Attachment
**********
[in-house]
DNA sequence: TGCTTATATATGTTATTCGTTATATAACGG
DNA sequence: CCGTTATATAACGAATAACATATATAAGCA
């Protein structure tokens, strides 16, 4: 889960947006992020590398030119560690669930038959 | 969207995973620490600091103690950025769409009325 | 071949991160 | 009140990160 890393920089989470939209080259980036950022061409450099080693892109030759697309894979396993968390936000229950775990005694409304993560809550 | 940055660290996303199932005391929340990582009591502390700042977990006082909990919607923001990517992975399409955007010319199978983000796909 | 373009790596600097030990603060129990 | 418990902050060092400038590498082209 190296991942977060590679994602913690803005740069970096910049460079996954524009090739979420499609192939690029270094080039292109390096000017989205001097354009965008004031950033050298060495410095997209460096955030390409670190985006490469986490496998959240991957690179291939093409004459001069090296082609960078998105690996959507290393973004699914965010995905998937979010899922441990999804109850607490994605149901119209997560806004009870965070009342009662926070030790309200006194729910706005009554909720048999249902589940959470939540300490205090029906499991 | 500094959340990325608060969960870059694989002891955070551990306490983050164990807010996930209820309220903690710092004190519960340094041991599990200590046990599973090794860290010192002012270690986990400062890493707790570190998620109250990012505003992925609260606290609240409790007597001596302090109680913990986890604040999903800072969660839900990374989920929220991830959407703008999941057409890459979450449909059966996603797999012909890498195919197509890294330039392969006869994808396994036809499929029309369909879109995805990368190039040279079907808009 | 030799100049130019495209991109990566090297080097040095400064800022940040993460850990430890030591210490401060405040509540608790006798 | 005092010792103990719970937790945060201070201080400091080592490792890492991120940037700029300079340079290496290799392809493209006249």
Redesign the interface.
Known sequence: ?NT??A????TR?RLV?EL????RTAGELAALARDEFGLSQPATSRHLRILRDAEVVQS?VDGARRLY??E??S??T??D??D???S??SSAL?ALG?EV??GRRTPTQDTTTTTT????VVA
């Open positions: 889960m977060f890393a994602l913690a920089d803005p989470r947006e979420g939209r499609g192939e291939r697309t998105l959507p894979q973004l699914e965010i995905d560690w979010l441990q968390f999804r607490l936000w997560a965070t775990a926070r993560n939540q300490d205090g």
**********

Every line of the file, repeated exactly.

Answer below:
[in-house]
DNA sequence: TGCTTATATATGTTATTCGTTATATAACGG
DNA sequence: CCGTTATATAACGAATAACATATATAAGCA
């Protein structure tokens, strides 16, 4: 889960947006992020590398030119560690669930038959 | 969207995973620490600091103690950025769409009325 | 071949991160 | 009140990160 890393920089989470939209080259980036950022061409450099080693892109030759697309894979396993968390936000229950775990005694409304993560809550 | 940055660290996303199932005391929340990582009591502390700042977990006082909990919607923001990517992975399409955007010319199978983000796909 | 373009790596600097030990603060129990 | 418990902050060092400038590498082209 190296991942977060590679994602913690803005740069970096910049460079996954524009090739979420499609192939690029270094080039292109390096000017989205001097354009965008004031950033050298060495410095997209460096955030390409670190985006490469986490496998959240991957690179291939093409004459001069090296082609960078998105690996959507290393973004699914965010995905998937979010899922441990999804109850607490994605149901119209997560806004009870965070009342009662926070030790309200006194729910706005009554909720048999249902589940959470939540300490205090029906499991 | 500094959340990325608060969960870059694989002891955070551990306490983050164990807010996930209820309220903690710092004190519960340094041991599990200590046990599973090794860290010192002012270690986990400062890493707790570190998620109250990012505003992925609260606290609240409790007597001596302090109680913990986890604040999903800072969660839900990374989920929220991830959407703008999941057409890459979450449909059966996603797999012909890498195919197509890294330039392969006869994808396994036809499929029309369909879109995805990368190039040279079907808009 | 030799100049130019495209991109990566090297080097040095400064800022940040993460850990430890030591210490401060405040509540608790006798 | 005092010792103990719970937790945060201070201080400091080592490792890492991120940037700029300079340079290496290799392809493209006249």
Redesign the interface.
Known sequence: ?NT??A????TR?RLV?EL????RTAGELAALARDEFGLSQPATSRHLRILRDAEVVQS?VDGARRLY??E??S??T??D??D???S??SSAL?ALG?EV??GRRTPTQDTTTTTT????VVA
């Open positions: 889960m977060f890393a994602l913690a920089d803005p989470r947006e979420g939209r499609g192939e291939r697309t998105l959507p894979q973004l699914e965010i995905d560690w979010l441990q968390f999804r607490l936000w997560a965070t775990a926070r993560n939540q300490d205090g």